The conference gave a fantastic first impression to a new library student about the future of the profession, particularly with the changes the SLA is planning to make in the future to help information professionals. I was also pleased to find out how welcoming and helpful librarians are to students. During the networking opportunity, they all wanted to hear about my studies, offer advise and future assistance if it were ever needed. I look forward to getting more involved with the SLA during my career.
Saturday, October 10, 2009
Networking is an important part of a career path. In my introduction to library and information science class, we were given our first opportunity to practice this skill by interviewing a library manager, administrator or department head in order to learn more about the profession.
I was fortunate to interview the director of the local history/genealogy department of the Onondaga County Public Library. Our discussion focused on her job, the change in libraries due to digitization and the things I can focus on while receiving my degree.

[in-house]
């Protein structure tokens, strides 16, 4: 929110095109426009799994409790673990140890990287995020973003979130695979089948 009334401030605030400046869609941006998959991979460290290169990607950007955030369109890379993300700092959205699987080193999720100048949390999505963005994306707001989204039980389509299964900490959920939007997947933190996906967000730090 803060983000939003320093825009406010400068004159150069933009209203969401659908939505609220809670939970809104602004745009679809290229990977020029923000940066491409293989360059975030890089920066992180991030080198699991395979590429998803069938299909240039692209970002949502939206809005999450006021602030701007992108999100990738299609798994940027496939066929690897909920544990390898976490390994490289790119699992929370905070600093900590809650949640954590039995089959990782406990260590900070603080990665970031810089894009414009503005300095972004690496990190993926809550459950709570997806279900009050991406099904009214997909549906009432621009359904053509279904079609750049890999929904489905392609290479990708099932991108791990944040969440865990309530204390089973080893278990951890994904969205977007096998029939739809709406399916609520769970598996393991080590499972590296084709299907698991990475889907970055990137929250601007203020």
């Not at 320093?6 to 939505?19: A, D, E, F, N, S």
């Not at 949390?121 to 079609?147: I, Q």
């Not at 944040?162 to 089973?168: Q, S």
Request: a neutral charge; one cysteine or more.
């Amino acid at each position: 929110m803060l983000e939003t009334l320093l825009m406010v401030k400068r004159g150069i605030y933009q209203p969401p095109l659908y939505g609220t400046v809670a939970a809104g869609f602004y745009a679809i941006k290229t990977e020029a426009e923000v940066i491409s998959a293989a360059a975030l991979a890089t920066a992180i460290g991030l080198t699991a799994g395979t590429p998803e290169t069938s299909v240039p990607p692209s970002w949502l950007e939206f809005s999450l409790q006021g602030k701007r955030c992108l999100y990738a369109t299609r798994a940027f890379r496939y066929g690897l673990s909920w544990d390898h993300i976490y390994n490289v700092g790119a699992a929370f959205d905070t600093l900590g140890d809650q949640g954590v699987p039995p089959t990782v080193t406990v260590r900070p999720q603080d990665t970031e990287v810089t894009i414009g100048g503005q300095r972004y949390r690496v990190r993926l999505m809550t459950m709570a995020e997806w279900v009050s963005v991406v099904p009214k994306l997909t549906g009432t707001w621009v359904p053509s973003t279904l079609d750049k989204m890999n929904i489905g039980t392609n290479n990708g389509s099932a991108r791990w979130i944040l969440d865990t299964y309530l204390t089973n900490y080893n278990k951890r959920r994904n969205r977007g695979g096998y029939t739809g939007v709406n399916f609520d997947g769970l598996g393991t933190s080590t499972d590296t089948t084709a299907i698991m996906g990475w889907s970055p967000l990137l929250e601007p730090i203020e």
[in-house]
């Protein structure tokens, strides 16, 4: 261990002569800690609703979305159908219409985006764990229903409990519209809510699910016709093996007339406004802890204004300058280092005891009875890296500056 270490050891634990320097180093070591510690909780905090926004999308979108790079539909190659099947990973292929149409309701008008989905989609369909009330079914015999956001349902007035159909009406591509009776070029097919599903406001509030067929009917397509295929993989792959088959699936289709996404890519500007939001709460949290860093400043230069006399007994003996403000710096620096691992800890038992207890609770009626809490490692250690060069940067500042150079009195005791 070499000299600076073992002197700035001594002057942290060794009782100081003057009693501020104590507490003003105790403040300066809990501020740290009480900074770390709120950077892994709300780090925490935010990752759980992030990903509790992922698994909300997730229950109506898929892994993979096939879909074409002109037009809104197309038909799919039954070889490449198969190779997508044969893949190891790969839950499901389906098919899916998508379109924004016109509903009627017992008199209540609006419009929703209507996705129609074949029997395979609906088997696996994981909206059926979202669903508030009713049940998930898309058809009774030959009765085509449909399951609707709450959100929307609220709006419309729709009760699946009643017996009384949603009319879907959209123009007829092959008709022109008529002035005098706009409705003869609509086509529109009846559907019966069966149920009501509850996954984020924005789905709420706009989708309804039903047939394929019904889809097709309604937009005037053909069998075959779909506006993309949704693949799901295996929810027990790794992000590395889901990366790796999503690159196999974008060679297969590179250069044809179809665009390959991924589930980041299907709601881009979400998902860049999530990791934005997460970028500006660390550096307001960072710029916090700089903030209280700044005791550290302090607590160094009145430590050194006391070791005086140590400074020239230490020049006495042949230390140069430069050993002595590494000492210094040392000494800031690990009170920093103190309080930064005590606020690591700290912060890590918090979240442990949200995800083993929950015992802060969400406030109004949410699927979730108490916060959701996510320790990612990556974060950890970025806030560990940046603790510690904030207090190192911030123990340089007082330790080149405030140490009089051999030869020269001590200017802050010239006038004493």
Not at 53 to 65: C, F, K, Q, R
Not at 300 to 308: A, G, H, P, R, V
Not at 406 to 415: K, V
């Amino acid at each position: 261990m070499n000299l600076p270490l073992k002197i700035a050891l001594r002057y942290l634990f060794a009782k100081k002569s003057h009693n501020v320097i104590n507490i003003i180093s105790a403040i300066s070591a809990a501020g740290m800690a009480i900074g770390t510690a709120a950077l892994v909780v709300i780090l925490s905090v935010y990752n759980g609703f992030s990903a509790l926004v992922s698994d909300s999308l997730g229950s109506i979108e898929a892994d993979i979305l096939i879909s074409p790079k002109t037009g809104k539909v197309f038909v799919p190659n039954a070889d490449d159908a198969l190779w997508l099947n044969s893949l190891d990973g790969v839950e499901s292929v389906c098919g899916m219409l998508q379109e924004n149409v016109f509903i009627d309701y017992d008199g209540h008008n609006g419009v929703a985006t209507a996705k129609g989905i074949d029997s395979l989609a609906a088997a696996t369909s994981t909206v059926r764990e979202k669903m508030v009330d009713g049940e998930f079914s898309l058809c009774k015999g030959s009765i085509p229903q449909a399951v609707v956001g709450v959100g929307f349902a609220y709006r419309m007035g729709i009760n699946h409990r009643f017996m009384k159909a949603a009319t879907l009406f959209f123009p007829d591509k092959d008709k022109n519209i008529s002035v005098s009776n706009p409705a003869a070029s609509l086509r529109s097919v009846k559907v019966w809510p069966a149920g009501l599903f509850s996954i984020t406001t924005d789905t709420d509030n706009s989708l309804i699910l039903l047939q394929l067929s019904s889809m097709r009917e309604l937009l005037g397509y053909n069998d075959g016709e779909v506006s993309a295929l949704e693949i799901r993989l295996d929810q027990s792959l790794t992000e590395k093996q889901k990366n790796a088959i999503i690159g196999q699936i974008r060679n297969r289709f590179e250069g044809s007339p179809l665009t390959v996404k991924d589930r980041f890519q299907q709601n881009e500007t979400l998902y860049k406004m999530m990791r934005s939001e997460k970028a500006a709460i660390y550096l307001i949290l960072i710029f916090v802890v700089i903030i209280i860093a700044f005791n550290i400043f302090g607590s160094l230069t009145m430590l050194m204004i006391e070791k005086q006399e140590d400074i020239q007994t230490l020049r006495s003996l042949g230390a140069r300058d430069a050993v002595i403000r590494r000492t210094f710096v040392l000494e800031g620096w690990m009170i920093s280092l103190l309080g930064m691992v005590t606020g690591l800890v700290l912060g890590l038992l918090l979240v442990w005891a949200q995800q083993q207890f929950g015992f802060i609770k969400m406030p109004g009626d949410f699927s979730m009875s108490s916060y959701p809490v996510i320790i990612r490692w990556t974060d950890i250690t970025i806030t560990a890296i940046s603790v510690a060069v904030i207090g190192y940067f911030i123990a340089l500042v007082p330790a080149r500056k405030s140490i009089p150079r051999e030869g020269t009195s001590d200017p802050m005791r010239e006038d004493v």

Our discussion on digitization brought up many fascinating aspects to librarianship in the computer age. What used to be a long search for an obituary, covering a microfilm search of the death date and four days after, is now a quick online search of digitalized newspapers. The difficulty in deciding what fee to charge patrons has been created due to this new search. Instead of a 25 cent copy, a librarian can easily attach an image to an email. I found her idea of adding “This information is provided by a public library, financed with public funds and donations” to the bottom of the email to be the most logical, particularly since many people will make a donation, often of more than the library would have charged them.